Metope - I’m So Ready (Sleeparchive Remix) [Areal]
Christian Dittmann - Buena Decision [Echocord]
Paul Kalkbrenner - Queer Fellow (Ellen Allien & Apparat Remix) [Bpitch Control]
Fraktion - This Fever Works [Resopal Red]
Thomas Melchoir & Luciano - Father [Cadenza]

Mallory ODonnell
Morgan Geist - Crash Tracks EP [Metamorphic]
Daso - Daybreak (Oliver Koletzki Remix) [My Best Friend]
The Rice Twins - Reach for the Flute EP [K2]
Putsch 79 - Doin’ It Remixes [Clone]
Scarlet Smears - Spitfire [Blank Start]
Lindstrom - It’s A Feedelity Affair [Smalltown Supersound]
Scissor Sisters - I Don’t Feel Like Dancin’ (Linus Loves Remixes) [Polydor]

Michael F. Gill
Chris & Cosey - Walking Through Heaven [Rough Trade]
Rammellzee vs. K-Rob - Beat Bop (Instrumental) [Profile]
Ahzz - New York Moving [Land of Hits]
Curtis Mayfield - Superfly Soundtrack [Curtom]
The League Unlimited Orchestra - Love and Dancing [Virgin]
Legowelt - Bonn 1978 (Discodubmix) [Legowelt]
Dilo vs Gurtz - Piedras (Dandy Jack and the Latin Elvis Remix) [Roman,Photo]
Cohen vs Deluxe - Just Kick! (Carl Cox Mix) [Intec]
Kevin McKay - Summer Breeze [Muzik/Glasgow Underground]
V/A - Idol Tryout Two [Ghostly International]

September 8, 2005

Metope - Kobol

For the first album of the big (read: other) three in the Areal stable, Metopes Kobol delivers exactly what you need. There are straight bangers (Superimbat, 33), Ada-styled mixtures of the sweetly melodic and industrial-tinged (Nashville, M1D1), and surprises (not surprises) (Im So Ready, Panicflute). And if youve got the vinyl version, that only leaves two tracks unaccounted for. Rest assured, theyre just as good as the others. I just havent been able to neatly slot them into some sort of naming convention quite yet (a good thing). A step up from their widely lauded, lackluster recent compilation, Metopes Kobol is sure to be overlooked, but doesnt deserve to be.

Areal / Areal033 / Arealcd5
[Todd Burns]

September 8, 2005

Konfekt - Quenge Liese / Rear Besen

Maybe its the haze of my youth, but didnt things used to be all roses for this label each time out? Listening back to their back catalogue the past few days, I can unequivocally say: Yes. For every 15 minutes of Ada perfection that was being dropped two years ago, it was sandwiched by aimless Undo/Redo jawns and brilliant/crap Metope 12s. The latter is what we have here on Konfekts latest outing Quenge Liese / Rear Besen. Quenge is the near-brilliant portion of the proceedings, reveling in Oizo analog bass farts that couch hardly lighter-tinged synth melodies that threaten to steamroll everything in their path. In typical Konfekt fashion, by the end of the track, you feel vaguely violated and satisfied. Never fear, however, for the comedown you can turn the vinyl over and have a short moment of cuddling before it happens all over again. This time, though, since youre a bit more prepared, youll find the returns a slight diminished.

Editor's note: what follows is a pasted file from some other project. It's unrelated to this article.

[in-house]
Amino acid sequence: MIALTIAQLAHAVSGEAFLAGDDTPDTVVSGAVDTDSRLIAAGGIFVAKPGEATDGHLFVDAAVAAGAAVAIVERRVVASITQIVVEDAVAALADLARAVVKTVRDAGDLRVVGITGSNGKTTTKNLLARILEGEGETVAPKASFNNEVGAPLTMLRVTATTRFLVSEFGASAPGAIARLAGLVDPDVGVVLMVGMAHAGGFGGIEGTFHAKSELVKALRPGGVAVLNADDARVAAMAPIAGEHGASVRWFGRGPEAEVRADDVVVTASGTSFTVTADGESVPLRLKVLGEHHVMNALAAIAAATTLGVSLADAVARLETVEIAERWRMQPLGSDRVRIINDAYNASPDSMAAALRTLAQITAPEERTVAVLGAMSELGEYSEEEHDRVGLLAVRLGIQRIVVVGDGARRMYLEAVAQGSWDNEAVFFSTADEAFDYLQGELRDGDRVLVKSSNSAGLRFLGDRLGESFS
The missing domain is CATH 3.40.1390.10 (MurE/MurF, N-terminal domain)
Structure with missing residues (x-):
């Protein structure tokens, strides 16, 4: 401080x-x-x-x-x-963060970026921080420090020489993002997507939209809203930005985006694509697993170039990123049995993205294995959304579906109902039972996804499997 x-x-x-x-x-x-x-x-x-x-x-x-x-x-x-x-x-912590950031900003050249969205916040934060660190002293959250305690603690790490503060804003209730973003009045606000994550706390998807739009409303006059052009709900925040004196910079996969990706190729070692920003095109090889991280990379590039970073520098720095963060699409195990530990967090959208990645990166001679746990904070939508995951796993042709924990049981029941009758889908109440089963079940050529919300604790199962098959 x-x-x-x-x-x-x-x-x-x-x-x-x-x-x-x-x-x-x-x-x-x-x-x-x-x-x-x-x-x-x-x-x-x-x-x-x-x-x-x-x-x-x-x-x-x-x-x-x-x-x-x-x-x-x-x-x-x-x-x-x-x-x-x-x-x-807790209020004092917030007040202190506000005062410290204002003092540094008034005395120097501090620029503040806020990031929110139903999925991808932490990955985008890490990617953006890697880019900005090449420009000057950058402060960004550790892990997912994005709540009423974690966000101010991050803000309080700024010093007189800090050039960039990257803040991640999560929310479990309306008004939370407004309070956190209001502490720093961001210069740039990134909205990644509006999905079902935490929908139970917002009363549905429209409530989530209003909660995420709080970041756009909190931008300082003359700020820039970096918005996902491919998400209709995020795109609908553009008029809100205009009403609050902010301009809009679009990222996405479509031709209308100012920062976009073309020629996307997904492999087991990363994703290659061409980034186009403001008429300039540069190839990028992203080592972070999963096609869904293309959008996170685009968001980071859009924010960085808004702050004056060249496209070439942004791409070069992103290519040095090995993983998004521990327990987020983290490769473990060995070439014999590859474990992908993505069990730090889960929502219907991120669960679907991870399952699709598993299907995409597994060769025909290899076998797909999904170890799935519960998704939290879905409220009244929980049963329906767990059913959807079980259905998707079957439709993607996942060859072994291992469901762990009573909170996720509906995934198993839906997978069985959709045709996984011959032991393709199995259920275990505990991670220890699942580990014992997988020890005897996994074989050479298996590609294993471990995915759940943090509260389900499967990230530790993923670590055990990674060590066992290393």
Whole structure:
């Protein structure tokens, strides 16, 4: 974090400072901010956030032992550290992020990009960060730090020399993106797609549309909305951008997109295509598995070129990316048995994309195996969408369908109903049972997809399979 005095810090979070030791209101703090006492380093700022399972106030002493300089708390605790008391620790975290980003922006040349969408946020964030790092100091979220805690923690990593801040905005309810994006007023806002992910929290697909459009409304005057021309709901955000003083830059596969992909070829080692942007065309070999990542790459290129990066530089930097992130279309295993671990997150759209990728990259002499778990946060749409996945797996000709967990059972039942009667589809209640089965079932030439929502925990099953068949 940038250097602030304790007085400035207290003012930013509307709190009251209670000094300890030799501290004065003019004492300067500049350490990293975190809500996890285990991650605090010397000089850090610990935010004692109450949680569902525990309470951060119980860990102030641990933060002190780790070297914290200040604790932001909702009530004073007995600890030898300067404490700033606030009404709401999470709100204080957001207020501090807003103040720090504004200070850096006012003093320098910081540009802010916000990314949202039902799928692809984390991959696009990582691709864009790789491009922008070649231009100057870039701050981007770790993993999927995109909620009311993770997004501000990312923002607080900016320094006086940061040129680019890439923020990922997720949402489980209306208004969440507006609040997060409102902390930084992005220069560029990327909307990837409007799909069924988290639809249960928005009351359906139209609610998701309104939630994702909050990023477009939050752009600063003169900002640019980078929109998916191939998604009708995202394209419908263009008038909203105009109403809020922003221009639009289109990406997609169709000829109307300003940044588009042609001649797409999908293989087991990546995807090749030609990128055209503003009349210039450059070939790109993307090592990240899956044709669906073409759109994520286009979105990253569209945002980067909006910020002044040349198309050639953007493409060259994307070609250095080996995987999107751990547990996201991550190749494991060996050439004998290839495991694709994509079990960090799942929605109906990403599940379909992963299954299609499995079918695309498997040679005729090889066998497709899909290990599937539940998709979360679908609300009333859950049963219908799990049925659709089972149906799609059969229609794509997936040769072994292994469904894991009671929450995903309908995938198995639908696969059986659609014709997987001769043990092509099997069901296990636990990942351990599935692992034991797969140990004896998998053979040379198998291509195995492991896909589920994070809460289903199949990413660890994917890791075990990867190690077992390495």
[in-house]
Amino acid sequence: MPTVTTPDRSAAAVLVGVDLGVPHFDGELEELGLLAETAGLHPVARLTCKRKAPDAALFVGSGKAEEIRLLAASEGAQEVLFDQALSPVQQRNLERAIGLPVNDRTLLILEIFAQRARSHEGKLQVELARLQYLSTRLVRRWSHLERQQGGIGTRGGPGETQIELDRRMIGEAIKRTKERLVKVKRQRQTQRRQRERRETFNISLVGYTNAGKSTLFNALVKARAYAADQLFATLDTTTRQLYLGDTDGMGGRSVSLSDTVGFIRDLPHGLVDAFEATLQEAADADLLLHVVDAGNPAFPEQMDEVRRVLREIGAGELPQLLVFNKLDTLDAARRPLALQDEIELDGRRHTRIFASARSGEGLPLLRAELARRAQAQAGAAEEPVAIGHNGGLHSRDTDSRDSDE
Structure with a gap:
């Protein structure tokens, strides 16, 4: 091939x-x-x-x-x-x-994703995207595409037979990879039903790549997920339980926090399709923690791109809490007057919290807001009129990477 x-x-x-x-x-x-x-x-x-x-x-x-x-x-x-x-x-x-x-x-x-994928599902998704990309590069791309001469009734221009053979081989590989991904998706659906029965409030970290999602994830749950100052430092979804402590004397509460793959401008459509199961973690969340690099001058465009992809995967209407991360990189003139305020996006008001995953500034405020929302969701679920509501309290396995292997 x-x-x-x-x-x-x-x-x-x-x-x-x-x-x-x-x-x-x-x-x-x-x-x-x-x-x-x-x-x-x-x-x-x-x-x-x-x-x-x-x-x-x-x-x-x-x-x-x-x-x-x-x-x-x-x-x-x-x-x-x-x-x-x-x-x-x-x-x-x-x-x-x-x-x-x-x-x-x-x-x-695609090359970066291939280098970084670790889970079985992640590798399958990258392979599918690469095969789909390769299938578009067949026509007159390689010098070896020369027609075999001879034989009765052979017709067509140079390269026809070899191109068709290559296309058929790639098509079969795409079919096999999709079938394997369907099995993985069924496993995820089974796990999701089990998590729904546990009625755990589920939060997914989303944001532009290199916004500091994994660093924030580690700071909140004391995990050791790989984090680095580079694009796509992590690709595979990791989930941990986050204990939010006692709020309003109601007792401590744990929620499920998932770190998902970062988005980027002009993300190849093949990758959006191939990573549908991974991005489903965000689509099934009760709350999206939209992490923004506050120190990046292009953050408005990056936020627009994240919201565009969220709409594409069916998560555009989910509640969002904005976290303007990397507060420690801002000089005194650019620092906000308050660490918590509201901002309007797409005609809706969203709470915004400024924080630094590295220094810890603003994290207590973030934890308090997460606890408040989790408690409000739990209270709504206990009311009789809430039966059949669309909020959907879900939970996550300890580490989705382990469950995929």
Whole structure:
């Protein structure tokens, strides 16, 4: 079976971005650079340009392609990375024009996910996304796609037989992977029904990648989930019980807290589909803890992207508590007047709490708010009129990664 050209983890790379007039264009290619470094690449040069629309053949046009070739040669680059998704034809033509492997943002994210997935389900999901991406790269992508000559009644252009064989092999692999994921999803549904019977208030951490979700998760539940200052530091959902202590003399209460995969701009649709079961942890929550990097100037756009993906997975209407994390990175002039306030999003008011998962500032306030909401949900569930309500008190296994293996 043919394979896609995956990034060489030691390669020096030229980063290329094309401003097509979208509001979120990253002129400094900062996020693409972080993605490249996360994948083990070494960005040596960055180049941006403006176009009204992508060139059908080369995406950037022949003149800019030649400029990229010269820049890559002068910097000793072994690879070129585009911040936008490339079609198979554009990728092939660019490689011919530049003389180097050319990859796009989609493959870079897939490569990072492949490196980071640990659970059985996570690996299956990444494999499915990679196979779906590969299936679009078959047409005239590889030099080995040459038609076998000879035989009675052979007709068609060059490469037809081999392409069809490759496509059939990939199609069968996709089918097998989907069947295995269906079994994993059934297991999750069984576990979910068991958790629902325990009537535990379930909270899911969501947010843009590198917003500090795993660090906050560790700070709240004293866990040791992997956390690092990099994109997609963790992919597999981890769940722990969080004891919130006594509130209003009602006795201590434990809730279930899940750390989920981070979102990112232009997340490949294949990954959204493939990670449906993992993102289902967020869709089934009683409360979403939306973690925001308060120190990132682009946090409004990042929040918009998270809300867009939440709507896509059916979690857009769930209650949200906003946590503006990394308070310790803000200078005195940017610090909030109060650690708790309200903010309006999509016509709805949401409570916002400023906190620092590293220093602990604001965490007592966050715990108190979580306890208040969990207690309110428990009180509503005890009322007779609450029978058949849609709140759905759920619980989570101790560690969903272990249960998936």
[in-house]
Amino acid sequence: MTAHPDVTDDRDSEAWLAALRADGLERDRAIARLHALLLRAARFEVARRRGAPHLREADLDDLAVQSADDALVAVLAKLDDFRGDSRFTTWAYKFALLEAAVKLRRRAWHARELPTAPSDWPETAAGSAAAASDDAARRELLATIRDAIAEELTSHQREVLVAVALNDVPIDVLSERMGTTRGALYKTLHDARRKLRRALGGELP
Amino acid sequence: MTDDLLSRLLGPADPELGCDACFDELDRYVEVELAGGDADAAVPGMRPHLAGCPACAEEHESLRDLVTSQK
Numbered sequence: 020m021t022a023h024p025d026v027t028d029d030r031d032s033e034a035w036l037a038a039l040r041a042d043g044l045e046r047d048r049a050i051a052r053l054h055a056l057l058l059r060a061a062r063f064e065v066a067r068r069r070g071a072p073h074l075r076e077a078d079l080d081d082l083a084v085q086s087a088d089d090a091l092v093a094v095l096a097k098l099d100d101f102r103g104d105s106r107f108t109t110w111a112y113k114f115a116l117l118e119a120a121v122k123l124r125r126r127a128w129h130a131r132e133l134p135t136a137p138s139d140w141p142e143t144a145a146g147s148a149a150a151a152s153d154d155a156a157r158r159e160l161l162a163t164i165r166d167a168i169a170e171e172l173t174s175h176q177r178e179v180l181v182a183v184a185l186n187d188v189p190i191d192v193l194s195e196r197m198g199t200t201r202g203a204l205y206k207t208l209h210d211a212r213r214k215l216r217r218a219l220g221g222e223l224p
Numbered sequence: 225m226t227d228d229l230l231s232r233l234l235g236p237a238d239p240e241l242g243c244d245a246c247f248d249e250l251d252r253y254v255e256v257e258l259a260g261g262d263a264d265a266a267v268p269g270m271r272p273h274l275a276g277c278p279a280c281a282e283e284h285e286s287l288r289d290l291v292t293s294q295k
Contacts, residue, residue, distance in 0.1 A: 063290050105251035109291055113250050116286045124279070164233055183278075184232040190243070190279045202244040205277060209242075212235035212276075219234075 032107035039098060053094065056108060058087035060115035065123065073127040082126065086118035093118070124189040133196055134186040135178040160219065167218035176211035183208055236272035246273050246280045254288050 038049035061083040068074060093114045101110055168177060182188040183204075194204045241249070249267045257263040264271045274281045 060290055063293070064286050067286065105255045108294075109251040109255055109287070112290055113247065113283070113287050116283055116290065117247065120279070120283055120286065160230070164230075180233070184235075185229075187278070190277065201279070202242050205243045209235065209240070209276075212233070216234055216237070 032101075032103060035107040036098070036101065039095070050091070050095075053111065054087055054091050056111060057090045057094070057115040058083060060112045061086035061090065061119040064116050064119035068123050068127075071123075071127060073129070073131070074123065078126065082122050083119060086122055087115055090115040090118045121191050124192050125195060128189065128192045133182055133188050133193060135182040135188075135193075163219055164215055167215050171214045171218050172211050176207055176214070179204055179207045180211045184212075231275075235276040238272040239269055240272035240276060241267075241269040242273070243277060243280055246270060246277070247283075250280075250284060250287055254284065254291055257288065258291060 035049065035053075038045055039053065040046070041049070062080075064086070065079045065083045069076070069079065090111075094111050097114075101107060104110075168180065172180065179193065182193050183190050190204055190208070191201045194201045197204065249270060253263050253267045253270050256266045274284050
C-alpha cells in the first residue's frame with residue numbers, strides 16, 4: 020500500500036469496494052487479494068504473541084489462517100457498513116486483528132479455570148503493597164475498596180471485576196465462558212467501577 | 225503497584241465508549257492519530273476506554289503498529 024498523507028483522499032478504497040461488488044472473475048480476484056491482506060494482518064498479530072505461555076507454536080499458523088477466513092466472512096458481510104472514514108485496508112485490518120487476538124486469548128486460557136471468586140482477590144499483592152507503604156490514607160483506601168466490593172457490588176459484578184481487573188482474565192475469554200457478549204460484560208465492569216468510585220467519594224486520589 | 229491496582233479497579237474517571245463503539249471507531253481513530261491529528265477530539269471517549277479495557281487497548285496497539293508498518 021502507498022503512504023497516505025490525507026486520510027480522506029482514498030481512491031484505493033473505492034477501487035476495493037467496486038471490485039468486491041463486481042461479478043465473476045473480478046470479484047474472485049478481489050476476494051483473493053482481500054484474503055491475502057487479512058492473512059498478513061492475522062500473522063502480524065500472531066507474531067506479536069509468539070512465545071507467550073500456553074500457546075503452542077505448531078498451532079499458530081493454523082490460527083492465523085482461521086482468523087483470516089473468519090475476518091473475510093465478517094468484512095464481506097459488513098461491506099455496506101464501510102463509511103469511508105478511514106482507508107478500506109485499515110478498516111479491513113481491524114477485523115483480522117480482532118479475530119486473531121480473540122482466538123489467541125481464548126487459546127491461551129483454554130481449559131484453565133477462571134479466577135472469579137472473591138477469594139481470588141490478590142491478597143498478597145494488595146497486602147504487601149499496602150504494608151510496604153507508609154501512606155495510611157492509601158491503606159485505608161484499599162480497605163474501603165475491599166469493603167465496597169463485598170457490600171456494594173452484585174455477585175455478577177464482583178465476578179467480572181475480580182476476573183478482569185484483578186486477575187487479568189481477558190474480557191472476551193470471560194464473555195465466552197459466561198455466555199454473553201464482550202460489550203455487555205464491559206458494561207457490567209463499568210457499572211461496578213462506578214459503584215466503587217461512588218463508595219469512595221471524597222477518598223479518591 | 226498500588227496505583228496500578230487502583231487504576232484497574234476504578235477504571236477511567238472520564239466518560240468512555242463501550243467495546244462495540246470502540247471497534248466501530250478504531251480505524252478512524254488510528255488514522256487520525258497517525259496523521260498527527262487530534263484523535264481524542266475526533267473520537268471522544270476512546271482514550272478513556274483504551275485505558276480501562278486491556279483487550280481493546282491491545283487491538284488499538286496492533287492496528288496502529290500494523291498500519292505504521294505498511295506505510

Areal / Areal032
[Todd Burns]

July 7, 2005

Jeremy P. Caulfield - Scar City / Detached [05]

Scar City, coupled, with Caulfield’s Calvacade EP from late last year signals a run of great productions from this Canadian producer. The feel here is much the same. Deeply tech-y house music, pierced by glistening shards of broken-glass melody. Obviously and lovingly structured, you know exactly what you’re going to get when you pop on both “Flipper Kicker? and “Wreckroom,? the former being the sharper-edged of the duo. Recommended.

Also recommended is Caulfield’s recent mix CD: Detached [05], which sees the producer taking to the decks and crafting an incredibly smooth ride between the Wighnomy Brothers, Alex Smoke, Rocco Branco, Jeff Samuel, Metope, and assorted other artists. Impeccably mixed, the disc is a nice mix between young and old minimal music.

Dumb Unit / DU 022 / DU 020
[Todd Burns]

January 13, 2005

Metope - Libertango / Parallel To You

Taking cues from the nave charm of Adas off-kilter sampled sounds, Metope attempts to slide his own awkward notes to these two punishing tech-house monsters. While Libertango works better, mining a grinding out a living amid a few synthetic rays of hope, Parallel To You uses the same melodic presets to a much calmer effect, lulling you to sleep over its length. An unaccomplished 12, this ones more for the middle of the set, rather than peaks or valleys.

Areal / Areal027
[Todd Burns]